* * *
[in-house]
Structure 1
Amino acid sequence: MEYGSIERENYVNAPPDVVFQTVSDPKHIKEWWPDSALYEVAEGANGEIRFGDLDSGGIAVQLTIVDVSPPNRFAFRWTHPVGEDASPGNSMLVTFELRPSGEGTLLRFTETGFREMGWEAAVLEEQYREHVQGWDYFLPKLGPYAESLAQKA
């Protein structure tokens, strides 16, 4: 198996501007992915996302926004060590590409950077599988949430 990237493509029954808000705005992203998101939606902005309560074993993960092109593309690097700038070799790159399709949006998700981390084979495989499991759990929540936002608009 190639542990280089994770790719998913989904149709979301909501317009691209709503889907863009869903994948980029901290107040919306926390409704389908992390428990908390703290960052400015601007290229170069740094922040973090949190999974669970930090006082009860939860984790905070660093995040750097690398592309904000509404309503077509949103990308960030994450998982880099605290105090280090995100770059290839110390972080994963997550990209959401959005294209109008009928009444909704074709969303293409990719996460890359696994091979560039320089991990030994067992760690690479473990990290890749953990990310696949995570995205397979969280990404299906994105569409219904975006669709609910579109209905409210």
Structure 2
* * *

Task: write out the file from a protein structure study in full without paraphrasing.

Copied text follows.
[in-house]
Structure 1
Amino acid sequence: MEYGSIERENYVNAPPDVVFQTVSDPKHIKEWWPDSALYEVAEGANGEIRFGDLDSGGIAVQLTIVDVSPPNRFAFRWTHPVGEDASPGNSMLVTFELRPSGEGTLLRFTETGFREMGWEAAVLEEQYREHVQGWDYFLPKLGPYAESLAQKA
């Protein structure tokens, strides 16, 4: 198996501007992915996302926004060590590409950077599988949430 990237493509029954808000705005992203998101939606902005309560074993993960092109593309690097700038070799790159399709949006998700981390084979495989499991759990929540936002608009 190639542990280089994770790719998913989904149709979301909501317009691209709503889907863009869903994948980029901290107040919306926390409704389908992390428990908390703290960052400015601007290229170069740094922040973090949190999974669970930090006082009860939860984790905070660093995040750097690398592309904000509404309503077509949103990308960030994450998982880099605290105090280090995100770059290839110390972080994963997550990209959401959005294209109008009928009444909704074709969303293409990719996460890359696994091979560039320089991990030994067992760690690479473990990290890749953990990310696949995570995205397979969280990404299906994105569409219904975006669709609910579109209905409210």
Structure 2